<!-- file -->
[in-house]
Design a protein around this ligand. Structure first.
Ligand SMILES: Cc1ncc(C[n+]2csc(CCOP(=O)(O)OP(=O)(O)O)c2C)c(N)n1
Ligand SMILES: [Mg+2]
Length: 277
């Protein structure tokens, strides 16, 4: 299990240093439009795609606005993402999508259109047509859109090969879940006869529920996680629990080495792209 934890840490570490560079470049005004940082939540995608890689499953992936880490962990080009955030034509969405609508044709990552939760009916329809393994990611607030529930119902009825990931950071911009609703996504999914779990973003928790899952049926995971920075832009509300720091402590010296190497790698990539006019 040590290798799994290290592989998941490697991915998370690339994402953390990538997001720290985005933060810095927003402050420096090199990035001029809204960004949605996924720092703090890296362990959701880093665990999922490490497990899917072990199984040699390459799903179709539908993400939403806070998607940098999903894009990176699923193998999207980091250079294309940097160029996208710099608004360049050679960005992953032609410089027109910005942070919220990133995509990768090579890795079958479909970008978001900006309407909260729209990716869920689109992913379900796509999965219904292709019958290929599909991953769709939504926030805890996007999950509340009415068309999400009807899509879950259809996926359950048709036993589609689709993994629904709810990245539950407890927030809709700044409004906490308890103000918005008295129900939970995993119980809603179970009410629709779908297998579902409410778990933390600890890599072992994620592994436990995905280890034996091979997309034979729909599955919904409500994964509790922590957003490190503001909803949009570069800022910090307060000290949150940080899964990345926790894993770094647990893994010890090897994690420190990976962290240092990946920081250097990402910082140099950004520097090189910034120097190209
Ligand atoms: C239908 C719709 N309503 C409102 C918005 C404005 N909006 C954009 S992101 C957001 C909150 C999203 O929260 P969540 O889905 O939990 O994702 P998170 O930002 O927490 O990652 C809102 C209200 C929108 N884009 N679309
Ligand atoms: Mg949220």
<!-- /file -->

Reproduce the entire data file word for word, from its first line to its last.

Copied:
[in-house]
Design a protein around this ligand. Structure first.
Ligand SMILES: Cc1ncc(C[n+]2csc(CCOP(=O)(O)OP(=O)(O)O)c2C)c(N)n1
Ligand SMILES: [Mg+2]
Length: 277
């Protein structure tokens, strides 16, 4: 299990240093439009795609606005993402999508259109047509859109090969879940006869529920996680629990080495792209 934890840490570490560079470049005004940082939540995608890689499953992936880490962990080009955030034509969405609508044709990552939760009916329809393994990611607030529930119902009825990931950071911009609703996504999914779990973003928790899952049926995971920075832009509300720091402590010296190497790698990539006019 040590290798799994290290592989998941490697991915998370690339994402953390990538997001720290985005933060810095927003402050420096090199990035001029809204960004949605996924720092703090890296362990959701880093665990999922490490497990899917072990199984040699390459799903179709539908993400939403806070998607940098999903894009990176699923193998999207980091250079294309940097160029996208710099608004360049050679960005992953032609410089027109910005942070919220990133995509990768090579890795079958479909970008978001900006309407909260729209990716869920689109992913379900796509999965219904292709019958290929599909991953769709939504926030805890996007999950509340009415068309999400009807899509879950259809996926359950048709036993589609689709993994629904709810990245539950407890927030809709700044409004906490308890103000918005008295129900939970995993119980809603179970009410629709779908297998579902409410778990933390600890890599072992994620592994436990995905280890034996091979997309034979729909599955919904409500994964509790922590957003490190503001909803949009570069800022910090307060000290949150940080899964990345926790894993770094647990893994010890090897994690420190990976962290240092990946920081250097990402910082140099950004520097090189910034120097190209
Ligand atoms: C239908 C719709 N309503 C409102 C918005 C404005 N909006 C954009 S992101 C957001 C909150 C999203 O929260 P969540 O889905 O939990 O994702 P998170 O930002 O927490 O990652 C809102 C209200 C929108 N884009 N679309
Ligand atoms: Mg949220």